Posterior Tibial Tendinopathy

The posterior tibial tendon plays an important role in stabilising the arch of your foot. Injuries to this tendon have the potential to develop into a chronic condition, known as adult acquired flatfoot. However, with early intervention this can be prevented.

What is Posterior Tibial Tendinopathy

The tibialis posterior muscle is located behind your calf muscle and attaches directly to the back of your shin. The tendon of this muscle works like a spring to store and return energy when you are walking and running.

However, it can become overloaded due to a rapid increase in your training load, reduced muscle strength or as your shoes become worn, which places greater strain on the tendon. This can lead to the development of inflammation around the tendon, which can progress to Tendinopathy.

What are the symptoms of Posterior Tibial Tendinopathy

The symptoms of posterior tibial tendinopathy will occur with activity and reduce when you rest. You will typically experience pain on the inside of your ankle just below the bone, and over time your pain may progress to the outside of your ankle. Your symptoms can be exacerbated when walking or running on uneven surfaces.

In addition to the pain, you may notice a lowering of your arch on the affected side and may even struggle to turn your foot inwards.

How is Posterior Tibial Tendinopathy treated?

Your treatment will initially focus on reducing the strain on the tendon to allow healing to occur and reduce the risk of your injury progressing to an adult-acquired flat foot.

Your initial treatment may encompass treatments such as taping, activity modification or orthoses depending on the severity of your tendinopathy.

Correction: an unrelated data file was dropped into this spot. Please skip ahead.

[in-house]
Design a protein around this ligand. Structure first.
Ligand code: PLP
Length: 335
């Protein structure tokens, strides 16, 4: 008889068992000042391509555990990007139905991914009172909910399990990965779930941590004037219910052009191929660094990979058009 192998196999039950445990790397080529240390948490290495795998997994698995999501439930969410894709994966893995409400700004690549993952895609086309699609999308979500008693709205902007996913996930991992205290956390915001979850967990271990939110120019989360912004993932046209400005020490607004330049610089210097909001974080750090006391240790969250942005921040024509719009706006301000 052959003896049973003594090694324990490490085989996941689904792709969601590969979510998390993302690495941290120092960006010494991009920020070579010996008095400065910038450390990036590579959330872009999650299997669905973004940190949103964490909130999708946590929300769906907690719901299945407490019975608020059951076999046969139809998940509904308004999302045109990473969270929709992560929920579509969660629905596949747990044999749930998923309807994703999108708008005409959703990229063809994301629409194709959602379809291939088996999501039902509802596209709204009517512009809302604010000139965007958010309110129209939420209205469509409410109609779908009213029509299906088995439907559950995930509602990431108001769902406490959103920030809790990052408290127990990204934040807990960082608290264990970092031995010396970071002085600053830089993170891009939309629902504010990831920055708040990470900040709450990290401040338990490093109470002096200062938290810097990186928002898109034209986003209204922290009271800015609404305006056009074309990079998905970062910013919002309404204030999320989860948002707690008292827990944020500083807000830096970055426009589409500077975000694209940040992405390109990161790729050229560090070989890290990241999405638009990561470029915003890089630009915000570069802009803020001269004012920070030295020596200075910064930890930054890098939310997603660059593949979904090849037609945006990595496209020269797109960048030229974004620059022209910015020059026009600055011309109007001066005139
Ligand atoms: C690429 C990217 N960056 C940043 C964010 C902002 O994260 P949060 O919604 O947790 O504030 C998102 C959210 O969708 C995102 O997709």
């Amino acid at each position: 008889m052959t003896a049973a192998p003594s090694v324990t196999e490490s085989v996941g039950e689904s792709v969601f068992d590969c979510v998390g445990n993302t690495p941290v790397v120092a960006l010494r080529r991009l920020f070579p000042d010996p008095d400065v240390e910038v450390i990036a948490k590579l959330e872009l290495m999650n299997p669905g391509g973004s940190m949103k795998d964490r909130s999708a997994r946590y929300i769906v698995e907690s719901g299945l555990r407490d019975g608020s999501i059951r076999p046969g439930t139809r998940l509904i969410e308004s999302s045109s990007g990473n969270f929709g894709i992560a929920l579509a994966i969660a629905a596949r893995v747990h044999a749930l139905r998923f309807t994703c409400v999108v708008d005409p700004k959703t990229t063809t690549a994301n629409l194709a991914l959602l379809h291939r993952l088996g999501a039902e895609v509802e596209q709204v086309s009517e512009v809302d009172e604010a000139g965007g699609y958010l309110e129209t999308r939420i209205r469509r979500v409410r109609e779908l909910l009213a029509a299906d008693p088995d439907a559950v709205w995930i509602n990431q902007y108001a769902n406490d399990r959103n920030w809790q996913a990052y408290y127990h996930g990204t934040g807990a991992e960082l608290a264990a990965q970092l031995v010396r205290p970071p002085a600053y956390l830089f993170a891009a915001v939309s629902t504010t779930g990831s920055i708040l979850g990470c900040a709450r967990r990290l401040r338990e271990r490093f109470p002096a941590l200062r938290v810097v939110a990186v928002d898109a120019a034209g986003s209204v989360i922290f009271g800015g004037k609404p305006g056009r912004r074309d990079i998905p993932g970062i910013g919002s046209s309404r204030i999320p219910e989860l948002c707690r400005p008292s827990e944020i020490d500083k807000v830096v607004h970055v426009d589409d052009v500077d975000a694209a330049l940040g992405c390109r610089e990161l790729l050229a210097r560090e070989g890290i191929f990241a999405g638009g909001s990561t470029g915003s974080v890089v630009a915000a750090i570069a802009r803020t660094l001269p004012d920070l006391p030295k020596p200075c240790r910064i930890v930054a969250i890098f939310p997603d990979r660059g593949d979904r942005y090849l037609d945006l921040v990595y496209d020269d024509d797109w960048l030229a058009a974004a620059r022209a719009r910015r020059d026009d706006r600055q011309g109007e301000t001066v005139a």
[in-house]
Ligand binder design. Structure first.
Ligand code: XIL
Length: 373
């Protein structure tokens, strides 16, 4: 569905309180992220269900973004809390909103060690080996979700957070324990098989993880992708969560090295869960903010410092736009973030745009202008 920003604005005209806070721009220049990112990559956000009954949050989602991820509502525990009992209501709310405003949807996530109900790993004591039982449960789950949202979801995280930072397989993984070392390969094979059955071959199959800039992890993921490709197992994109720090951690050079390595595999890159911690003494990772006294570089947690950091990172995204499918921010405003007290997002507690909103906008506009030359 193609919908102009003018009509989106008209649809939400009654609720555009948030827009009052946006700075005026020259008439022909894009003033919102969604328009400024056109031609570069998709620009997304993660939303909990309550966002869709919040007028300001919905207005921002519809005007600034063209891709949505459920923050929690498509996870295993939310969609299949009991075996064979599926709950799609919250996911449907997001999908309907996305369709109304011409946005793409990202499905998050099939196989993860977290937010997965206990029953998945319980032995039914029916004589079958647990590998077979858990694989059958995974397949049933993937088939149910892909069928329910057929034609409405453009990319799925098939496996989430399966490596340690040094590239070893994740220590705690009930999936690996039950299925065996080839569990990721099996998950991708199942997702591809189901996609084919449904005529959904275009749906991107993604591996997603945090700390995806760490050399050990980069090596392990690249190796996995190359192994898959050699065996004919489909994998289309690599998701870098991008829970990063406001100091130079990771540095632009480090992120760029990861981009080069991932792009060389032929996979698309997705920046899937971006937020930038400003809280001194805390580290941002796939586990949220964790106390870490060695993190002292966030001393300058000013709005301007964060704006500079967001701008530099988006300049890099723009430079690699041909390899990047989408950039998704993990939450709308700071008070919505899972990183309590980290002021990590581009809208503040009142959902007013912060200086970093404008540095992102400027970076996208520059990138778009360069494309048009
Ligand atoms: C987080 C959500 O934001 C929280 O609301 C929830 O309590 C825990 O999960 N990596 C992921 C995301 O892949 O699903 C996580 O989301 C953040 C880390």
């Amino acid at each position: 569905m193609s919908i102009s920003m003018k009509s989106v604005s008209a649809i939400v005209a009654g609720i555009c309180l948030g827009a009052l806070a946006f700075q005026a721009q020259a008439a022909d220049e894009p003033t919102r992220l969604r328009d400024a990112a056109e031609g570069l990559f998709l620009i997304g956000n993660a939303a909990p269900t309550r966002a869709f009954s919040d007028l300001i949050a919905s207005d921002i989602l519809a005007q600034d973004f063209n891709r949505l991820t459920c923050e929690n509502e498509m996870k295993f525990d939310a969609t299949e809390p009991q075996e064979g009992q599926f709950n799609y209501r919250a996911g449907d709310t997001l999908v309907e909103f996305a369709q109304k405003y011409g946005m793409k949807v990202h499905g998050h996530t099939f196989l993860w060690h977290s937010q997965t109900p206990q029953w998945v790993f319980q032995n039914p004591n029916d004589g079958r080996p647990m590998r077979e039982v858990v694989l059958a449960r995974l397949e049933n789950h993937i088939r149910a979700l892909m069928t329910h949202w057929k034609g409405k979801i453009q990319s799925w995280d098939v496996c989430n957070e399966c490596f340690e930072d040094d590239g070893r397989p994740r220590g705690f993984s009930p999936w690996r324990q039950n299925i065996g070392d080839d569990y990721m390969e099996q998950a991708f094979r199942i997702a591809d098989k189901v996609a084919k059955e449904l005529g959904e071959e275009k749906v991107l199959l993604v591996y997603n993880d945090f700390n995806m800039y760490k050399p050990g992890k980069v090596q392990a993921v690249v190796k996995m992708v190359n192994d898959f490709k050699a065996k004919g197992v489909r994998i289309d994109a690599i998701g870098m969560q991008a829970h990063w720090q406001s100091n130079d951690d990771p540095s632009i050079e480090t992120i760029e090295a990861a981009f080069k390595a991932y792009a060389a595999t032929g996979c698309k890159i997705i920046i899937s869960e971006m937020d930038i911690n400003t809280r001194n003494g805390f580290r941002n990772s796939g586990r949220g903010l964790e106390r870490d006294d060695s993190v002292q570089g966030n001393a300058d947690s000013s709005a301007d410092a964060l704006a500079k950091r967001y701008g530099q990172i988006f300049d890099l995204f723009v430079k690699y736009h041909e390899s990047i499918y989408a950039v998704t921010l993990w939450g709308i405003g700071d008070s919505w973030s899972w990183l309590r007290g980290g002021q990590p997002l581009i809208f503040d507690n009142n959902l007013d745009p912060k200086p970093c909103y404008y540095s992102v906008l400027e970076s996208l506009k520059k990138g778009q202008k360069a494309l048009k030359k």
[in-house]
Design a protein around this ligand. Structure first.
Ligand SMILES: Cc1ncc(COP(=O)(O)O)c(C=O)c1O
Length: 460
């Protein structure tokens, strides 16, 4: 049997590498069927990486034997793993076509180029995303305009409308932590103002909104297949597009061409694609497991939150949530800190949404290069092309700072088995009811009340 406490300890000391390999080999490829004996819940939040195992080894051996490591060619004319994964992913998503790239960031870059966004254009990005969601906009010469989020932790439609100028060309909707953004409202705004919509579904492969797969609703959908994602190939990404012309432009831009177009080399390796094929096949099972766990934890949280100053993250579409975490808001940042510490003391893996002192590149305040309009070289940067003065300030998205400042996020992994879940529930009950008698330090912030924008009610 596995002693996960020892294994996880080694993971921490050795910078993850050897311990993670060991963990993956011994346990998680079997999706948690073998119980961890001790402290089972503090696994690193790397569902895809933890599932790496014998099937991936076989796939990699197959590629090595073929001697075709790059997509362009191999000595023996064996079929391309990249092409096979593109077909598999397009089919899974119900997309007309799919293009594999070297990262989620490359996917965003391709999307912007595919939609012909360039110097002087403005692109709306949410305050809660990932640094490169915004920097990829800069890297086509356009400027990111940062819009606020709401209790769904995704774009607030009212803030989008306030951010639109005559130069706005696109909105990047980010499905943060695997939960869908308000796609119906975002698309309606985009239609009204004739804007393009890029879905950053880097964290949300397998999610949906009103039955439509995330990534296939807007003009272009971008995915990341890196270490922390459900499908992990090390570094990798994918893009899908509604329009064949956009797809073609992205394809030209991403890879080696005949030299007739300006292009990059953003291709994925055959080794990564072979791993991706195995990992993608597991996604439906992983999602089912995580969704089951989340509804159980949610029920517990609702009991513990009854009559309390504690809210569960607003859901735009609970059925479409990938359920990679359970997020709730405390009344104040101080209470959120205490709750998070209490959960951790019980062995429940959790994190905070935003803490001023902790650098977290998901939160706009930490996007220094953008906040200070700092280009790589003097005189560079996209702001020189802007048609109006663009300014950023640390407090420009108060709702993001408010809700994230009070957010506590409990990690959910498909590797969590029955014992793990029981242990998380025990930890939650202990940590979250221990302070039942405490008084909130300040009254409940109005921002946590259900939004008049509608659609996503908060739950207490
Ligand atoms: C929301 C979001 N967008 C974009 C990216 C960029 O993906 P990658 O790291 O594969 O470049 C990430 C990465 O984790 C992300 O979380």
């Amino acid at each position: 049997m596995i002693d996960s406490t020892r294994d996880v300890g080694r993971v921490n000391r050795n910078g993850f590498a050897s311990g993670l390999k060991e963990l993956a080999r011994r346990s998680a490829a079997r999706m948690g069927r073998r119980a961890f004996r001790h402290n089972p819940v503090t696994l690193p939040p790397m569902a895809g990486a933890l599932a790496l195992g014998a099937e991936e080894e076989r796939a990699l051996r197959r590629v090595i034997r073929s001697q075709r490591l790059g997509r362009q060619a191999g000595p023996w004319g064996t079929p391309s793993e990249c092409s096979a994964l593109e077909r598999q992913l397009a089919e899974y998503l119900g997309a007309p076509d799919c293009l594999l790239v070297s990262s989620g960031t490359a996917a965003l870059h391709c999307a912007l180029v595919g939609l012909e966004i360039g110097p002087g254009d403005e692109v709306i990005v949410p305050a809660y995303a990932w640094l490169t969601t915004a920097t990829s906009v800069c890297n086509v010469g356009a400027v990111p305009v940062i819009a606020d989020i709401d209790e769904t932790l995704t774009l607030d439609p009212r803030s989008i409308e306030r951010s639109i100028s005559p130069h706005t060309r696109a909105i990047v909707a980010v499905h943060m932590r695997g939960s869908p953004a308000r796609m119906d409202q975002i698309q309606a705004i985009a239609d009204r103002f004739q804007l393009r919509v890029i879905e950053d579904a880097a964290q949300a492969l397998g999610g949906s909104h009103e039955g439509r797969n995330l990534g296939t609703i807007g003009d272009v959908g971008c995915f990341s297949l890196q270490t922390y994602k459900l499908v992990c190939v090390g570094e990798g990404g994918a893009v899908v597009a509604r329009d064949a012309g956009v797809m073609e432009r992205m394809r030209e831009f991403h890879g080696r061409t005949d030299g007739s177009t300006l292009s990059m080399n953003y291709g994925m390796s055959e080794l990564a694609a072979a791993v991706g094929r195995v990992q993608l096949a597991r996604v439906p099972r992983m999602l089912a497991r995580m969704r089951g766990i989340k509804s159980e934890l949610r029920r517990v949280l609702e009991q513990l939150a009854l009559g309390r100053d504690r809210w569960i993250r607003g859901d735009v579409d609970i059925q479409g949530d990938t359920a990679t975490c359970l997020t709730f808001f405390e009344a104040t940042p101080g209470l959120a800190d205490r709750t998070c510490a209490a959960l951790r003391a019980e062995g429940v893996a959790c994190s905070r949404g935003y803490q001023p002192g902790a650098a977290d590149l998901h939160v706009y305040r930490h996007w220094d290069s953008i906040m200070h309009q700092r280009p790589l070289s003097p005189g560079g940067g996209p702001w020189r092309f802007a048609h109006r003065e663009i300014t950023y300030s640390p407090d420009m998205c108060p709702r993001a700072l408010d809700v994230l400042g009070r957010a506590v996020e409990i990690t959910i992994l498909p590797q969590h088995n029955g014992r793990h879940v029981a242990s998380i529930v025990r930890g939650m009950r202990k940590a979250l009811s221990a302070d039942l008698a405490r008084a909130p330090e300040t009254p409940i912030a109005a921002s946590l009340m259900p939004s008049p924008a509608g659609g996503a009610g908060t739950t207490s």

As your symptoms begin to settle, we will work with you to improve your muscle and tendon tolerance to load through a progressive strengthening exercise program.

What else could it be?
  • Tarsal tunnel syndrome
  • Adult-acquired flatfoot
  • Medial ankle sprain
  • Plantar fasciopathy
  • Achilles tendinopathy
  • Flexor hallucis longus tendinopathy
  • Accessory navicular

Plantar Fasciopathy (Plantar Fasciitis)

The plantar fascia is a strong band of tissue that assists with controlling the height of your arch. Injuries to this strong band of fascia are the most common cause of pain in the heel, with 1 in 10 people experiencing this pain at least once in their lifetime! 

What is Plantar Fasciopathy

The plantar fascia is a thick band of connective tissue, which links the heel bone to the ball of the foot, and helps maintain the stability of your arch. Plantar fasciitis is the most common cause of pain in the feet. It is a commonly held belief that the cause of the pain is due to inflammation, however, research has shown this not to be the case.

The symptoms are now believed to be the result of increased strain placed on the arch due to alterations in joint range, muscle strength and training loads. This is why you may have heard it called plantar fasciopathy or just heel pain.

What are the symptoms of Plantar Fasciopathy?

The characteristic sign of plantar fasciopathy is a pain in the heel when you get out of bed in the morning. The pain is usually localised to the heel but may extend into your arch.

Your symptoms generally reduce once you start moving, but return towards the end of the day or after periods of rest.

How is Plantar Fasciopathy treated?

Your treatment will involve reducing your symptoms through the use of soft tissue techniques, taping and load modification.

These techniques are used in conjunction with exercises to improve your joint range of motion and muscle strength.

What else could it be?
  • Posterior tibial tendinopathy
  • Baxter’s neuritis
  • Arch strain
  • Calcaneal fracture
  • Fat pad contusion

we treat whatever life throws at you.

Use the interactive foot model to help identify your concern: